Dorian’s Destruction of the Bahamas seen by Orbital Insight via ESRI

As the world continues to vacillate over the exact devastation to the Bahamas from Hurricane Dorian, Orbital Insight’s land use classification algorithm and pre- and post-storm imagery shows the destruction of buildings in the Commonwealth of the Bahamas, right down to individual structures.

To visualize the interactive data in ArcGIS, click here.

Bahamas destruction hurricane Dorian

Dorian’s destruction of the Bahamas seen by Orbital Insight via ESRI

Orbital Insight observed almost 28% of the buildings destroyed on the islands of Abaco and Grand Bahama, or almost 5,000 individual structures.

Dorian made landfall in the Bahamas as a Category 5 Hurricane on Sept 1, with wind gusts of up to 185 mph. According to eyewitness accounts and aerial imagery, the Abaco Islands and Grand Bahama were two of the worst-hit territories in the storm. While Prime Minister Hubert Minnis put the death toll so far at a modest 43, he also said an astounding 1,500 people were still missing.

Orbital Insight allows anyone to visualize and quantify the damage in Dorian’s trial by feeding our data directly into ESRI’s ArcGIS tool, which combines imagery and artificial to uncover the unseen after a disaster. The tally updates based on where your screen is viewing.

Geospatial analytics empowers policymakers and first responders to deploy emergency resources as effectively as possible by rapidly providing a 30,000-foot view. When paired with data collection on-the-ground, geospatial analytics can complement and amplify traditional sources of information.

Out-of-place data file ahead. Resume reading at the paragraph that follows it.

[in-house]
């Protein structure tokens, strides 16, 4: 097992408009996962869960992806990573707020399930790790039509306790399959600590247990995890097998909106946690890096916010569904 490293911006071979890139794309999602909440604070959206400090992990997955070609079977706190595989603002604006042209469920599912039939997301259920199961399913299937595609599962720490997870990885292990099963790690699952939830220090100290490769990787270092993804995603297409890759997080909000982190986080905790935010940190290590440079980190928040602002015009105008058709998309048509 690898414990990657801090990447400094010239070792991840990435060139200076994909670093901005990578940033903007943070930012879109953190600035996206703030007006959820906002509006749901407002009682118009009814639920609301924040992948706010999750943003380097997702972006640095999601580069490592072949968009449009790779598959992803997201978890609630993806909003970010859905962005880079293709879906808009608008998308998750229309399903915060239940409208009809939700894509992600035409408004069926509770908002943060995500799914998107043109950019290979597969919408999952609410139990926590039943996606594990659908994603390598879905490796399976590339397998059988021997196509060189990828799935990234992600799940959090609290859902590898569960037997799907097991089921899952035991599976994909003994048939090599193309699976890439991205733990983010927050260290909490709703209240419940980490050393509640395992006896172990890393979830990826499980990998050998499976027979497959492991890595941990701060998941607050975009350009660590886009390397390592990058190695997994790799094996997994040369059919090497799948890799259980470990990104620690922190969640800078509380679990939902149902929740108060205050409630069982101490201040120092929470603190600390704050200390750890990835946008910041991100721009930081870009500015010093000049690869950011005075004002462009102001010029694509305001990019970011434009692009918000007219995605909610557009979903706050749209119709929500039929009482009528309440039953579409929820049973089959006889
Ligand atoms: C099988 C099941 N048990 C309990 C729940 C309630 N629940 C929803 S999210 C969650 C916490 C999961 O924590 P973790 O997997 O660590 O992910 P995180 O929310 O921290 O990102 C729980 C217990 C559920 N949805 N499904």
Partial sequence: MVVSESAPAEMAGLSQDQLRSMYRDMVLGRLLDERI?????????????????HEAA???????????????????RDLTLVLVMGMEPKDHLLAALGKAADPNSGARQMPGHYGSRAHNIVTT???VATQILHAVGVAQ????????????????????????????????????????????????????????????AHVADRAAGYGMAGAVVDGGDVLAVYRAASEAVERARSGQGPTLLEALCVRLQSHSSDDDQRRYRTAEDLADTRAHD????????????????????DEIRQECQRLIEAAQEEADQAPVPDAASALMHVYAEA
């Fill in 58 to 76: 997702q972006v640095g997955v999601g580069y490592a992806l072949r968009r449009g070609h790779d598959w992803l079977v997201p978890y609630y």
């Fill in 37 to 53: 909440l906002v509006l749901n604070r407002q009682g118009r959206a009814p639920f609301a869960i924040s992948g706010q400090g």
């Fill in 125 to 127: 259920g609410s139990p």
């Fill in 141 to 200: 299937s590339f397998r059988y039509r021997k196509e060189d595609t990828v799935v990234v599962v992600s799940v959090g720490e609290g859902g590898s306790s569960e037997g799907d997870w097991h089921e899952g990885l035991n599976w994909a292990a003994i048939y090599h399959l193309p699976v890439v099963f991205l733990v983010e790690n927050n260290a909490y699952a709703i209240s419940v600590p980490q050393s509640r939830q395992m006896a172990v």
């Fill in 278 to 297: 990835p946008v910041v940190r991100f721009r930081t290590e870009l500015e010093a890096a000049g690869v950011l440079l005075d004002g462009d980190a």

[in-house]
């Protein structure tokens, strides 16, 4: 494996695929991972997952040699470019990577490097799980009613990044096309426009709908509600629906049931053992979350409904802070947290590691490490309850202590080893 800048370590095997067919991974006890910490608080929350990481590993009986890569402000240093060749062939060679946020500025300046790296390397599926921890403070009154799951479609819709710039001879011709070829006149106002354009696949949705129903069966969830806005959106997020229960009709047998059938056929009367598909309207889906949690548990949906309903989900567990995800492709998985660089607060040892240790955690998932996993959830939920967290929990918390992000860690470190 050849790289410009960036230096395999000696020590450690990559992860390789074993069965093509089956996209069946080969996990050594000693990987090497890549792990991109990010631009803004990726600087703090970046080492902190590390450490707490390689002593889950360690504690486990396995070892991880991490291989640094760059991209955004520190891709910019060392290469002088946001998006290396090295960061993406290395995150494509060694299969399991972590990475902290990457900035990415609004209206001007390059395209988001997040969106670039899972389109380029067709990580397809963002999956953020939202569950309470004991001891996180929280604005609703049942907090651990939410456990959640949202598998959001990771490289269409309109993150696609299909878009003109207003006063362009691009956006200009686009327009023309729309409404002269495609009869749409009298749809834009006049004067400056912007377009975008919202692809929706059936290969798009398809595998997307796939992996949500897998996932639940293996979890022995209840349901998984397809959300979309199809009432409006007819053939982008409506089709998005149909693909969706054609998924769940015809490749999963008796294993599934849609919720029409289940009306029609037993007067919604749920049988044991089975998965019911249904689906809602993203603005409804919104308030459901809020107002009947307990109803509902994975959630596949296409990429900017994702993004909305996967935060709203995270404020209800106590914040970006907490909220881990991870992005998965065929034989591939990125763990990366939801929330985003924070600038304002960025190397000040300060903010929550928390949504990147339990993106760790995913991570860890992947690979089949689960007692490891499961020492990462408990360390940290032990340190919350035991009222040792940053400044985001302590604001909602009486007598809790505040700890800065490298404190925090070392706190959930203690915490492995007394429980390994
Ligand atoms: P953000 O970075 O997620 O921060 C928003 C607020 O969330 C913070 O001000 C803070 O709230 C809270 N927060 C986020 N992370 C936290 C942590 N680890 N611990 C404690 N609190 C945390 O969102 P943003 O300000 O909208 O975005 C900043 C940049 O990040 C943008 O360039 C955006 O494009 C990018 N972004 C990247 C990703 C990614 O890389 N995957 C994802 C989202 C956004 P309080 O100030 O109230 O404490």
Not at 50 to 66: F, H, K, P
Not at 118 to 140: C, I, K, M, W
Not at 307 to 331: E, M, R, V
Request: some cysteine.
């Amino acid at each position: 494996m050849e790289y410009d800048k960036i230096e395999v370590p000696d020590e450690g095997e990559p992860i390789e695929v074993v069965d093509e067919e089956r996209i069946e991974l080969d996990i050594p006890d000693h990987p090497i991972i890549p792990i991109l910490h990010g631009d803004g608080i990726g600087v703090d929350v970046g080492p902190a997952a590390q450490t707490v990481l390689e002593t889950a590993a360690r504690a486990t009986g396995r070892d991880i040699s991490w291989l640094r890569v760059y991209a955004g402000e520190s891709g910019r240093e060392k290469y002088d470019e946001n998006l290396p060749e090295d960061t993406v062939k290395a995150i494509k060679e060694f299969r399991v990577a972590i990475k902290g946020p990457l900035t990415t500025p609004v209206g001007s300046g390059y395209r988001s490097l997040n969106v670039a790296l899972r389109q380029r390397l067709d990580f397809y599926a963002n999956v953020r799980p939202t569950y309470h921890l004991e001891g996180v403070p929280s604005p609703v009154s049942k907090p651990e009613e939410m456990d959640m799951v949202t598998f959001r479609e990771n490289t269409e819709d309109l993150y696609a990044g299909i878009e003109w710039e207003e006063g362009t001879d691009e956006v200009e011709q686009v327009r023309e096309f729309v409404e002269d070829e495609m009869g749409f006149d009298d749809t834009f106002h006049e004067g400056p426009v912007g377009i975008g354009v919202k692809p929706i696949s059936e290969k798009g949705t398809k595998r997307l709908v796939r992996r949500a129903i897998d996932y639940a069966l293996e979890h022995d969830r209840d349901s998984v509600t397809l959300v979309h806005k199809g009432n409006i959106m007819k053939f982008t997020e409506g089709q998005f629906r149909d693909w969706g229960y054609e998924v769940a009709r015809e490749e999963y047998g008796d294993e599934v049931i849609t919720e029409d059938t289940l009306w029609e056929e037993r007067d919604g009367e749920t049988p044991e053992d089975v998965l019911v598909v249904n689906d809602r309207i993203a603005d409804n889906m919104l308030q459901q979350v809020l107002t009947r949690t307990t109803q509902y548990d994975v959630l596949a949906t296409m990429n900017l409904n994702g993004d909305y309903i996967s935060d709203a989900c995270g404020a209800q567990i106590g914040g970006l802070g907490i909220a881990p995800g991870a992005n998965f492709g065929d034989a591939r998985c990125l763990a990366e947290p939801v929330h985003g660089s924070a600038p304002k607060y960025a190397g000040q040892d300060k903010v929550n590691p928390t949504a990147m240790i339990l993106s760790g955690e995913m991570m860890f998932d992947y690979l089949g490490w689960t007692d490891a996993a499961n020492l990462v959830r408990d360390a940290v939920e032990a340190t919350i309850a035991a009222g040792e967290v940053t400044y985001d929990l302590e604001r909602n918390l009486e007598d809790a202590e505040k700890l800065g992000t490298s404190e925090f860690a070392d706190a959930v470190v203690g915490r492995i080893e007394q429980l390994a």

Hurricane Dorian Pre-Hurricane Buildings Visualization

(Above: Orbital Insight integrates land use classification conducted on Planet 3–5m resolution imagery to visualize damage assessment from Hurricane Dorian at scale. Visualization by Orbital Insight in ESRI ArcGIS.)

Showing the proportion of visible area/tiles valid for analysis both pre- and post-hurricane, you will see “Red Buildings” (observed before the storm, and missing later); “Blue Buildings” (visible before and after the storm); and “Gray Buildings” (observed before the storm, with status unknown thereafter, primarily due to cloud-obstruction from immediate hurricane aftermath).

In the case of Abaco, from 4,039 buildings spotted before the hurricane, there are just about 1,800 visible, with the balance 2,200 unaccounted for.

Abaco Hurricane Dorian buildings

Damage assessment on Abaco, Commonwealth of the Bahamas, visualized in ArcGIS.

With Grand Bahama, from 12,806 buildings present before Dorian, an estimated 2,300 are missing.

Grand Bahama building damage from Hurricane Dorian

Damage assessment post-event on the island of Grand Bahama, visualized in ArcGIS.

Tailoring our algorithms to high revisit sources like these — as opposed to infrequent sources or inconsistently dated wide area mosaics — allows us to reliably conduct analyses like these on a rolling basis, and/or around a bespoke trigger event (as is the case here).

We can ensure that pre-event assessments are as up to date as possible, and that post-event assessment is conducted as close to real-time as possible.

The pre-hurricane building locations across the Bahamas attributed with assessed post-hurricane status (and viability for analysis), are based on Orbital Insight’s exclusively automated/AI analysis of Planet Dove imagery; are updated as new observations are detected. Building Footprints were also provided as an optional rendering layer.

We do acknowledge loss of footprint fidelity due to 3–5 meter resolution, compared to higher-resolution source derivations.

In addition to the building renderings (centerpoints default, and optional footprints), we are also providing two feature layers that depict where cloud-free imagery was available both before and after the hurricane. We’ve also provided dashboard links to the Esri Feature Layer versions of these, so ArcGIS users can load them into their own Esri Online maps and projects.

To visualize the data, please visit Orbital Insight’s ArcGIS visualization.